> We'll be wrapping up our "What If?" series in a few weeks, and moving on to something new. One of my favorite things to do is create the graphics for stuff around the church. I'm certainly no professional, but I think I get by pretty well considering. I am very excited because we just purchased a copy of Adobe Illustrator, which is much more intense and fun than what I've been using.

> Speaking of which, here is the final version of the "40 Days of Prayer" graphic that we decided on. Thanks for your help!

> The MilePost13 Band will be performing at the annual Watermelon Festival at Kitty Hawk Kites in Nags Head, NC (directly across the street from the church) on August 14, from 11am to 3pm. This is a fundraiser (can't remember what for at the moment, but I'll let you know) that KHK puts on every year, and they've asked us to provide some music. We're stoked, and praying hard for some "cool" August weather...

> That's all I've got for today. Need to go do some real work now, and then grab some lunch. Later!


Saturday, July 12, 2008

Today Marks...

...One Year of incredible blogging by yours truly. Actually, if you consider that I didn't blog at all for a few months while my wife was in the hospital, I really haven't been blogging for a year, but who's counting?

My archives tell me that my first official post was on July 12, 2007, and since Practical Worship was my first blog (I now have a few other blogs), today's the day.

Now, back to your regularly scheduled lives...


Thursday, July 10, 2008

NHC This Sunday

Last week we played The Who. This week...a little Josh Groban. Can you guess which song?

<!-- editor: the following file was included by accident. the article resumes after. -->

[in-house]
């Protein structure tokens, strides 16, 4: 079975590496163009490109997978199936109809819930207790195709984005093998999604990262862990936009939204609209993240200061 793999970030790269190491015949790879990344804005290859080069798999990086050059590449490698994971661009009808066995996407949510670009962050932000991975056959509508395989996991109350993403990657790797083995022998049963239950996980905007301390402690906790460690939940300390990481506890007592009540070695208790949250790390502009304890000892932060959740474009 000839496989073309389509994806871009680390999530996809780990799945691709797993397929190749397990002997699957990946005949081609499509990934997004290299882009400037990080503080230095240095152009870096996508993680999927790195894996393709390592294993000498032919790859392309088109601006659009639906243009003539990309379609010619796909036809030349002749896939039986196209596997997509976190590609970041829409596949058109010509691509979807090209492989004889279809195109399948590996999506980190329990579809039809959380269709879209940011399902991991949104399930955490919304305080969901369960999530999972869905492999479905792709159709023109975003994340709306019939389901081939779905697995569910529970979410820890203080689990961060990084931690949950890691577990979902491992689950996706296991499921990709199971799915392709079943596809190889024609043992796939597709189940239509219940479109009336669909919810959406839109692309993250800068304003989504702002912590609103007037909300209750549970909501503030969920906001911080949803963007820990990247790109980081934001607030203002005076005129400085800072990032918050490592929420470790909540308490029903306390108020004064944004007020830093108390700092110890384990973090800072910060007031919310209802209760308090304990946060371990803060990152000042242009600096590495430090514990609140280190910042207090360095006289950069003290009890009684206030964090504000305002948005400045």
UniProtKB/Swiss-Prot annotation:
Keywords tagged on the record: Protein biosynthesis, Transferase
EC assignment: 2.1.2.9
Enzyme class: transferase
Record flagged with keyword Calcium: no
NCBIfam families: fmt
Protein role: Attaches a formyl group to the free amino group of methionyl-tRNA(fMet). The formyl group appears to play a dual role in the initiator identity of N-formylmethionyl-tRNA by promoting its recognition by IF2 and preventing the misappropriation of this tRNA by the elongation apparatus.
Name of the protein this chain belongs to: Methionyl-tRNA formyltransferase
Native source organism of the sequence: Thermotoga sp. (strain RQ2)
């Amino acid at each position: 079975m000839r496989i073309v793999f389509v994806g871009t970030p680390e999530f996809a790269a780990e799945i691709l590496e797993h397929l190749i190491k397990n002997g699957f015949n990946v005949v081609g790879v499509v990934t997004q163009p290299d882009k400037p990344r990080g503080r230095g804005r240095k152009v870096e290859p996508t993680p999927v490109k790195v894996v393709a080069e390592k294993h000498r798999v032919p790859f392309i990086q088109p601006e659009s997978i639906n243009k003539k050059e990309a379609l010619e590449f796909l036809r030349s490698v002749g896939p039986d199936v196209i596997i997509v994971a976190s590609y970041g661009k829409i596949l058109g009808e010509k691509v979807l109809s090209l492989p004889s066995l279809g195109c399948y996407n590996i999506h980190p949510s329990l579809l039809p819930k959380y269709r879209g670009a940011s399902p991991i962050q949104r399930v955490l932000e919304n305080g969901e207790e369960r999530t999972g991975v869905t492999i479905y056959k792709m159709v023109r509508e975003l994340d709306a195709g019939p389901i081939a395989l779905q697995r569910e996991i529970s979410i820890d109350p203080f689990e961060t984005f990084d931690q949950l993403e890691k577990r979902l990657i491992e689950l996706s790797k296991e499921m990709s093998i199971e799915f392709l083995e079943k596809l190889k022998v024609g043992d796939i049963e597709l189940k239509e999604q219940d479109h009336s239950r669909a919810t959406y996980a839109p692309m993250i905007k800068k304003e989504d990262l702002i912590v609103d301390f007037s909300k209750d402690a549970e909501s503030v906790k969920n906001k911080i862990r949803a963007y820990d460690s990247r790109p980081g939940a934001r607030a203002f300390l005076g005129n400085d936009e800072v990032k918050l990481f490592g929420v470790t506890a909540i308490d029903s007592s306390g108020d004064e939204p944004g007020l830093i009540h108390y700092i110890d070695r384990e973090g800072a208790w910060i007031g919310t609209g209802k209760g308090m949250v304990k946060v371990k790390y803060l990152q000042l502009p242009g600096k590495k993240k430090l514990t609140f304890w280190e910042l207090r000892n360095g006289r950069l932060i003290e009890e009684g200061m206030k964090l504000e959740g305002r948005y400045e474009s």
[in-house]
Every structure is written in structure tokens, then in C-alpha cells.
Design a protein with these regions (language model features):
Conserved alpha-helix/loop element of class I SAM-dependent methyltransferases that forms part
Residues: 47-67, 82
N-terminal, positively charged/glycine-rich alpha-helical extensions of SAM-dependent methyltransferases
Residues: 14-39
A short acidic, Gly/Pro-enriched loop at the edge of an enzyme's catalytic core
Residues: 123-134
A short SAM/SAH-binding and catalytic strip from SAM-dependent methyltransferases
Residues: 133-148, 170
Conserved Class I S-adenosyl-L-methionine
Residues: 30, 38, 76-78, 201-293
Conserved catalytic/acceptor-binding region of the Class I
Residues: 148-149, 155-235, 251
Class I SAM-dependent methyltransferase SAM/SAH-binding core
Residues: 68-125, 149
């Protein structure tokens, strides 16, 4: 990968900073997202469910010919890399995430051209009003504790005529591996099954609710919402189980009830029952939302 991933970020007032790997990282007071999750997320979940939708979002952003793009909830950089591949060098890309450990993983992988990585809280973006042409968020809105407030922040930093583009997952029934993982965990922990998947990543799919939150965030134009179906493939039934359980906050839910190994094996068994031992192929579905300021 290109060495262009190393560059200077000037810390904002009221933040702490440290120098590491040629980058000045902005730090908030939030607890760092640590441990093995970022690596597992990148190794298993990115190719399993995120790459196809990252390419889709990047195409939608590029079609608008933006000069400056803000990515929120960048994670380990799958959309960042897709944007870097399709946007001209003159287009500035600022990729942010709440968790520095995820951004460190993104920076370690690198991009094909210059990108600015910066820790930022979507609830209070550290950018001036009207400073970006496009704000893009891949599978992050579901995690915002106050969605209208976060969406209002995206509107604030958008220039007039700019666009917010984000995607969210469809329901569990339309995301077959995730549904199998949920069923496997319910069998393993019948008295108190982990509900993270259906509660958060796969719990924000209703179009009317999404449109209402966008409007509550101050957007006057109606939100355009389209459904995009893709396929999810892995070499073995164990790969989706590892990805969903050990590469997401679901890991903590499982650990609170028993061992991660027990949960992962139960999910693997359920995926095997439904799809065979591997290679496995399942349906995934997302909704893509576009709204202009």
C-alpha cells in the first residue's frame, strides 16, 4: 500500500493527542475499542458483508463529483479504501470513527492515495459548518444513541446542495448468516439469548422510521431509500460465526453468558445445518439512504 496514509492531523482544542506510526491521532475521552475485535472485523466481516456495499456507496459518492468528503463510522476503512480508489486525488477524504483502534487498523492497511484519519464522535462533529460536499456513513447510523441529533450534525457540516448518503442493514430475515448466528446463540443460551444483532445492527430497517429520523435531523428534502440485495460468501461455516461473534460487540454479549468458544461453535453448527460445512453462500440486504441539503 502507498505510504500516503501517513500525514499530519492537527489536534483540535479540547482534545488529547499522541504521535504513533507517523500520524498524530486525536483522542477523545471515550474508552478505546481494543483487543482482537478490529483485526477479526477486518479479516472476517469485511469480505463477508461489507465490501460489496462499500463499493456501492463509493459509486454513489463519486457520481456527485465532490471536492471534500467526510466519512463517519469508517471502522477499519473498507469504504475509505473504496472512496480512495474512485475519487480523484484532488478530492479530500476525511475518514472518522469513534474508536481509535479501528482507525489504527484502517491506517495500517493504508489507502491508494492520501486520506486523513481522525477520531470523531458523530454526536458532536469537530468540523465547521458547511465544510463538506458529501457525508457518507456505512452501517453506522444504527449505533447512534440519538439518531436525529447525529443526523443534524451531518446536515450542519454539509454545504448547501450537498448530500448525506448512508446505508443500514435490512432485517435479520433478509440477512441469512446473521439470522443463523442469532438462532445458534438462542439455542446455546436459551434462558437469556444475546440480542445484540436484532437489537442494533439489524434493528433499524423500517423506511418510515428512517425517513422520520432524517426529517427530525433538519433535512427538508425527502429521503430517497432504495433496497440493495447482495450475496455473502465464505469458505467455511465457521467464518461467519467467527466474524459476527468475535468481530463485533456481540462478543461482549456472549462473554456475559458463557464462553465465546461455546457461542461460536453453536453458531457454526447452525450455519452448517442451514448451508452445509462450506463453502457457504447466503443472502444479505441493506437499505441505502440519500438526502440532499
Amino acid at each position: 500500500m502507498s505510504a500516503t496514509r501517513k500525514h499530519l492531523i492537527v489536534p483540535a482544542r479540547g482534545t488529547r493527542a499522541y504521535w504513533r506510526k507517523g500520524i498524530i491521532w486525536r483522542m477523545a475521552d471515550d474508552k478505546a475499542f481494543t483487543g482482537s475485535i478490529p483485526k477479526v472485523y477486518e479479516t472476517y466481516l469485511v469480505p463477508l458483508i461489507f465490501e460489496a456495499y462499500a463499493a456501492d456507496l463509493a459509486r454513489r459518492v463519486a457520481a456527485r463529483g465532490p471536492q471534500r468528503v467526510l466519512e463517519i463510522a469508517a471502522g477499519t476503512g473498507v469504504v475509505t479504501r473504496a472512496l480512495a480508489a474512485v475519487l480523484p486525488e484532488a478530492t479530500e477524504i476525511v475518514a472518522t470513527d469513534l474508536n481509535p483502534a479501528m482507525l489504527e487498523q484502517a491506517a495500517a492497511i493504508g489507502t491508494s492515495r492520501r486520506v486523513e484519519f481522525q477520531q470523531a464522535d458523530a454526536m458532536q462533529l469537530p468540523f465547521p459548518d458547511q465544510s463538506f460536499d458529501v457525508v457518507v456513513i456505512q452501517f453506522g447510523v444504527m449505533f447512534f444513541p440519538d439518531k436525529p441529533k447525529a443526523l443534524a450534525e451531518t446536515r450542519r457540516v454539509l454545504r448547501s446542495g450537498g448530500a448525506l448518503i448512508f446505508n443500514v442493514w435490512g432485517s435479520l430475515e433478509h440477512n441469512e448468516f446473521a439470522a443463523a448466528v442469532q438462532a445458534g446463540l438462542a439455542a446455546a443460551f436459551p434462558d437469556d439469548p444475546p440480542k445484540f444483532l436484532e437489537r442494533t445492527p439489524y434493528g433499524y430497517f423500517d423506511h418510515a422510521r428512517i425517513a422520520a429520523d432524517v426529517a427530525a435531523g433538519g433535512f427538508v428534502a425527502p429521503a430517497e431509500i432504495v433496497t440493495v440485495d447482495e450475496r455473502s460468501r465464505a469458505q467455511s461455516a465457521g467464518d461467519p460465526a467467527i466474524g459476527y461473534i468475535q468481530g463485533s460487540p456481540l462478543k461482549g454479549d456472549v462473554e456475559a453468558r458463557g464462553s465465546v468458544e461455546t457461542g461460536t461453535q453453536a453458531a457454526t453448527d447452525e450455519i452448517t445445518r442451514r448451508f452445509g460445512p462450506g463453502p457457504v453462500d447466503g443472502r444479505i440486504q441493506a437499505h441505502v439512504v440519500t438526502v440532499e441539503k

Monday, July 7, 2008

I'm Coming....

TRUNKorTREAT '08 is coming faster than you know it. I've got a great idea for this year's commercials, so stay tuned!


Sunday Blitz

> Great Sunday all about Freedom! Three of our pastors who normally don't preach tag-teamed the message, speaking about Freedom from Family Stress, Freedom from Economic Tyranny and Freedom from the Fear of Death. All three did a great job, even if they collectively went a little longer than we're used to.

> We opened up bother gatherings with The Who's "I'm Free". Actually, we did a cover of Geoff Moore and The Distance's cover of The Who song (which is a good thing because after finding a few videos of The Who's original version, you wonder how anyone had the vision to make that song sound good). It's fun to do something unexpected every now and then and keep people on their toes.

> The 9am gathering was packed out...I don't think there were any empty seats left by the time all the tourists arrived around 9:15 (you'd think people on vacation would have the easiest time getting to places on time...), and the 11am gathering was pretty full as well. We didn't have time to squeeze in our last song ("I Am Free" by Jon Egan) at 9, but we did at about some high energy worship!